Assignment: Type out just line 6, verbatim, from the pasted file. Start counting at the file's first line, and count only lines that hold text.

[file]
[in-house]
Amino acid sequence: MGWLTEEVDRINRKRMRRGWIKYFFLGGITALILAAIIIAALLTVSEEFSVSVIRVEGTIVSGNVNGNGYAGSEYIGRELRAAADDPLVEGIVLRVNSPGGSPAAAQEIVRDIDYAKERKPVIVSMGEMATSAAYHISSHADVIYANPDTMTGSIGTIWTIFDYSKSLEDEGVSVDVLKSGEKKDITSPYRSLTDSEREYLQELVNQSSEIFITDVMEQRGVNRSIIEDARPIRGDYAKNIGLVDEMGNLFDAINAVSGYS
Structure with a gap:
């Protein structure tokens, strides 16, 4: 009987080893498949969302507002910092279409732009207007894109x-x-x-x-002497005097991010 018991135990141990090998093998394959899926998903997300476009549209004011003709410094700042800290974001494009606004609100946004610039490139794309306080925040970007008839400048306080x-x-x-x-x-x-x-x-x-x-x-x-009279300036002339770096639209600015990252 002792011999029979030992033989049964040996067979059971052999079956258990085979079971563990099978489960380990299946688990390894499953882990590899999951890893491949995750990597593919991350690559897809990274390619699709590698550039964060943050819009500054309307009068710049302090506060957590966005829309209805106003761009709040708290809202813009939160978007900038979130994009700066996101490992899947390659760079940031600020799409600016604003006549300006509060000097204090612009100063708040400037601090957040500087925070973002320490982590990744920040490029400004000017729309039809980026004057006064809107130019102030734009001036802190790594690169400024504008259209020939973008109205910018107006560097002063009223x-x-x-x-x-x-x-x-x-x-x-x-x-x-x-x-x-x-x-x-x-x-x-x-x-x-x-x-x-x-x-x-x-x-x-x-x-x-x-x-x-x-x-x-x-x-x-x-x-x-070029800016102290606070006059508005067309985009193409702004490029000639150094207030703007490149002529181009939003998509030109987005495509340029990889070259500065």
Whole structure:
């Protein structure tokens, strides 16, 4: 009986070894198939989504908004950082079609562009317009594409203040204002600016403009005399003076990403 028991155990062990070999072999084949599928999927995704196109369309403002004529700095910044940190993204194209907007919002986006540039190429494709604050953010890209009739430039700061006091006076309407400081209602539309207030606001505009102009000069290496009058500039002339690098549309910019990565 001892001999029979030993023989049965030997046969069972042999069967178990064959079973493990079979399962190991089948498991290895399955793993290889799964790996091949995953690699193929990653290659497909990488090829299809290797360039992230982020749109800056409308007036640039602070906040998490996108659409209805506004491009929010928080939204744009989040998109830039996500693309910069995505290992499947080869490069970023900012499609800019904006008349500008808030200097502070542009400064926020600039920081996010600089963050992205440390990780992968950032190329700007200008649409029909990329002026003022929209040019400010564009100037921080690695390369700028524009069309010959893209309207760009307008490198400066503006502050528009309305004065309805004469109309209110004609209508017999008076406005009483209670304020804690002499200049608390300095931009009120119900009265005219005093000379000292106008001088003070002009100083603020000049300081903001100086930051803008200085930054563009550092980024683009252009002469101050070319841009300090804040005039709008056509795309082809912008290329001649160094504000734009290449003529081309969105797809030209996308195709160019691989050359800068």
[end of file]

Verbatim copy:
């Protein structure tokens, strides 16, 4: 009986070894198939989504908004950082079609562009317009594409203040204002600016403009005399003076990403 028991155990062990070999072999084949599928999927995704196109369309403002004529700095910044940190993204194209907007919002986006540039190429494709604050953010890209009739430039700061006091006076309407400081209602539309207030606001505009102009000069290496009058500039002339690098549309910019990565 001892001999029979030993023989049965030997046969069972042999069967178990064959079973493990079979399962190991089948498991290895399955793993290889799964790996091949995953690699193929990653290659497909990488090829299809290797360039992230982020749109800056409308007036640039602070906040998490996108659409209805506004491009929010928080939204744009989040998109830039996500693309910069995505290992499947080869490069970023900012499609800019904006008349500008808030200097502070542009400064926020600039920081996010600089963050992205440390990780992968950032190329700007200008649409029909990329002026003022929209040019400010564009100037921080690695390369700028524009069309010959893209309207760009307008490198400066503006502050528009309305004065309805004469109309209110004609209508017999008076406005009483209670304020804690002499200049608390300095931009009120119900009265005219005093000379000292106008001088003070002009100083603020000049300081903001100086930051803008200085930054563009550092980024683009252009002469101050070319841009300090804040005039709008056509795309082809912008290329001649160094504000734009290449003529081309969105797809030209996308195709160019691989050359800068």